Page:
For the past few months, I have scoured the internet looking for a particular type of blog. I wanted to read content about students from the United States currently doing a graduate degree program abroad. Despite spending countless of my lunch hours on google, changing the search terms to encompass every possible combination of “American graduate student abroad blog” that I could possibly imagine, I kept coming up with nothing. The closest thing I could find was some single articles on general study abroad websites, but nothing quite close enough to what I was looking for.
You see, I have been dreaming about, and am currently in the process of, applying to graduate school programs outside of the United States. Around the time that I graduated from university, proud to have completed my Bachelors degree and relieved that it was over, the crazy idea to complete a Masters degree abroad popped into my head. I always knew that some kind of further education would be in the cards for me. Since the age of thirteen, when I had grand dreams of going to law school and becoming the next Amal Clooney, I included some type of graduate school program in my life plan. The excel spreadsheet of my life (yes, I do have a spreadsheet roughly planning out the next fifteen years) went something like: complete undergraduate degree, work at some fancy nonprofit job for a few years, go to graduate school, work at another fancy nonprofit job, become best friends with Barack Obama, rule the world. Very realistic goals, I know.
Every fall season since I graduated in the summer of 2016, I obsessively stalked the graduate admission pages for universities. I lusted over International Relations programs and I almost cried with happiness at the prospect of learning about Peace and Conflict studies so specifically. This may seem over dramatic to some, but it pretty much sums me up. I am beyond passionate about what I studied in university. While I did not always love my university experience, and considered dropping out on more than one occasion, my tumultuous relationship with it had nothing to do with my studies. I adored my program. I loved every single class that I took. And while my tendency to procrastinate may have challenged it, I actually enjoyed writing most of my papers too. Nothing could have been a stronger indication that I had chosen the right field to study.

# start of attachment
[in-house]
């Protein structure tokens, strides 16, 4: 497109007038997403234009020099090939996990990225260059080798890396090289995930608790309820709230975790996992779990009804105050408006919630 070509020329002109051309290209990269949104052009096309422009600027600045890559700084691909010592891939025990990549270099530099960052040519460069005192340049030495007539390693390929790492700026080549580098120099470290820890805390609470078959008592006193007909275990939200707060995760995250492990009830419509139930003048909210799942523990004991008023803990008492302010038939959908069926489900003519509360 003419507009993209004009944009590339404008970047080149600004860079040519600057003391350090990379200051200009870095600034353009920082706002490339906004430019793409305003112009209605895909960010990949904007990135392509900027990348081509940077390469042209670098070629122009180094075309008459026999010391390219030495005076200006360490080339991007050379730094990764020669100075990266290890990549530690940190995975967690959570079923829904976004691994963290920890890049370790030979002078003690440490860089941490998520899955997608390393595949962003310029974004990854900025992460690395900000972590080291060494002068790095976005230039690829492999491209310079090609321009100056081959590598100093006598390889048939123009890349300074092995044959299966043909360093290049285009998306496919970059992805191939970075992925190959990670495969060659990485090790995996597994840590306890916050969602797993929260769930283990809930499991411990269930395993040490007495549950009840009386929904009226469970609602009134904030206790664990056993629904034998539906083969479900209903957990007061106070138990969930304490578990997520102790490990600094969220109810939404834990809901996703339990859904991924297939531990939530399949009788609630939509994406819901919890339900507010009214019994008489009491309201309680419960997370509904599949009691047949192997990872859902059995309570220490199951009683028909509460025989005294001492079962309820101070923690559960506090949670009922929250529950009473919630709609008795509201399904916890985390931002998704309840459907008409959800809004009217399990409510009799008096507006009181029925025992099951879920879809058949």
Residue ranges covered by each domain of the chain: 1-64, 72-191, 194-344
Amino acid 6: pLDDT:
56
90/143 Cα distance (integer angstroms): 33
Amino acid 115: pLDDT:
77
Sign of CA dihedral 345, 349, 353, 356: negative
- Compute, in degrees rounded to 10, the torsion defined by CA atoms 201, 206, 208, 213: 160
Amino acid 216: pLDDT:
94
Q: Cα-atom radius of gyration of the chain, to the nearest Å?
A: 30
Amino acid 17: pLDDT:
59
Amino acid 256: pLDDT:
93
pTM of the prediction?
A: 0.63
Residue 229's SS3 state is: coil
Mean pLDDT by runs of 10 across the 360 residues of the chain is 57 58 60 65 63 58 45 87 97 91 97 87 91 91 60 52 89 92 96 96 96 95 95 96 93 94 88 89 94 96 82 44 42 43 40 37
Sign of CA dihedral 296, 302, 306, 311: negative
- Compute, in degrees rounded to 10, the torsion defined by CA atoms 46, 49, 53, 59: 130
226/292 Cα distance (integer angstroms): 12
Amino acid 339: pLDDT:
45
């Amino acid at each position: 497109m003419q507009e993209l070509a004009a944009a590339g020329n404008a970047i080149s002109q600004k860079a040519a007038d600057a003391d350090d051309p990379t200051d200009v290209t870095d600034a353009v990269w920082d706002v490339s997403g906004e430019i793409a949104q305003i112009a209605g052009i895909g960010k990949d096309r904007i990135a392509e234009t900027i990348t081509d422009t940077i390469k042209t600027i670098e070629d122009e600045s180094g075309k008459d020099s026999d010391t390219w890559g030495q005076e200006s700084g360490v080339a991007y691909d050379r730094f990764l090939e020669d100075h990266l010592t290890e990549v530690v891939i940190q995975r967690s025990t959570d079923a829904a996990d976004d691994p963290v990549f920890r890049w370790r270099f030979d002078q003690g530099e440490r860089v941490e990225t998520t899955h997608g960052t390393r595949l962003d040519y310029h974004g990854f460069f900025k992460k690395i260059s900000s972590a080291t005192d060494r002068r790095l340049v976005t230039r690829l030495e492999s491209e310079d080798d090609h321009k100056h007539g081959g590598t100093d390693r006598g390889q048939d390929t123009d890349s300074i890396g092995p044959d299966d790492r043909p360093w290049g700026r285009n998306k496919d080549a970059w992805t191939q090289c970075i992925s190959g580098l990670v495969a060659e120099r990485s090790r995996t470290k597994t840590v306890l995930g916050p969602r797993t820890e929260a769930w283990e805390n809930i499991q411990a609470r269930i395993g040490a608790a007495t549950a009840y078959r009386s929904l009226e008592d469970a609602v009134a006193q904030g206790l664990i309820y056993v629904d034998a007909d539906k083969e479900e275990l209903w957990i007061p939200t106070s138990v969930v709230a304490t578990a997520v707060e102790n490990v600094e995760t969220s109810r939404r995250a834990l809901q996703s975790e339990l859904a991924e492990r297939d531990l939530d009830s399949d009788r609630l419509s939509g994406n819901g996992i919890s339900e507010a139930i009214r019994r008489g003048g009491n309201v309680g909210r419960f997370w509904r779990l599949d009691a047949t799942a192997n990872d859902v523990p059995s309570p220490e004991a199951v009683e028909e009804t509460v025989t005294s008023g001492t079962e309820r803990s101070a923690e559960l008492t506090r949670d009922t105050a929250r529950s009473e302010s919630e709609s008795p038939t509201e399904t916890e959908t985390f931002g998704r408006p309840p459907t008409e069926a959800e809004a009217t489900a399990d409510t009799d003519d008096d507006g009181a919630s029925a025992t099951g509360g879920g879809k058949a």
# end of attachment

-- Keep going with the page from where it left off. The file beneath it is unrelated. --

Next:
Despite my clear desire to jump back into academia, I delayed it. A combination of wanting to gain work experience, uncertainty about the type of degree I wanted to complete, and a pull of the heart strings to stay closer to home pushed the decision back. However, each time that I did this, I felt crushed. I knew that I wanted to be continue my education, and I also was not afraid of taking a non-linear career path. Diving head first into one program would not prevent me from pursuing another at a later stage if I decided that was what I wanted to do. I could be like Elle Woods and just decide to go to law school one day. Nothing would necessarily stop me.
So at the ripe old age of twenty-three, two years out of my Bachelors degree and with a few colorful work experiences, I am applying to graduate school. My desire to become “Master Smith” (if getting a PhD makes you a Doctor, then why can’t I be a Master after a MA?) has presently won out over all the other things I want to accomplish in my hopefully long life. Writing personal statements, editing CVs, and begging professors to write me letters of recommendation has consumed my free time over the past few months. My nerves are on a high as application portals have slowly started to open, and my impatient, nosy nature has lead me to reach out to complete strangers on LinkedIn, who are currently completing degrees at universities that I am applying to, and inquire about how long it took them to receive a decision upon application submission.
Needless to say, a blog detailing the experience about someone who has already gone through this process would be helpful. Much like when I applied for the Scottish Parliament Internship program, and read and re-read the blog of a participant of that program, I long to learn about the experience of someone who shared my current status. I want kinship and empathy, and instead I am met with lonely Go Overseas articles about the pros and cons of pursuing a graduate degree abroad… Helpful when I was first contemplating the idea two years ago, but not as helpful after I have already read the article a solid thirty-seven times and yet it keeps popping up when I am trying to find results for “Graduate School Abroad as an American.”
I realized that if I was so desperate to find a blog about this experience, then surely there must be other people wanting to read about it too. I wanted something to get lost in, an outlet for all things graduate school related, and I way to channel my passions for academia in a way different to my current method of talking about it as fast as I can to my family, friends, and just about anyone who will listen.
Finally it hit me that I could write the blog that I was so desperate to find. I love to write, have a strange habit of oversharing my life, and have felt a bit embarrassed about how my blog seemed to crash and burn once I returned from Cambodia. There are so many things that I want to say, tangents that I want to rant about, and memories of the process that I hope to document.
So buckle up dear reader, the Travel Smith is back: graduate school application edition.
The Travel Smith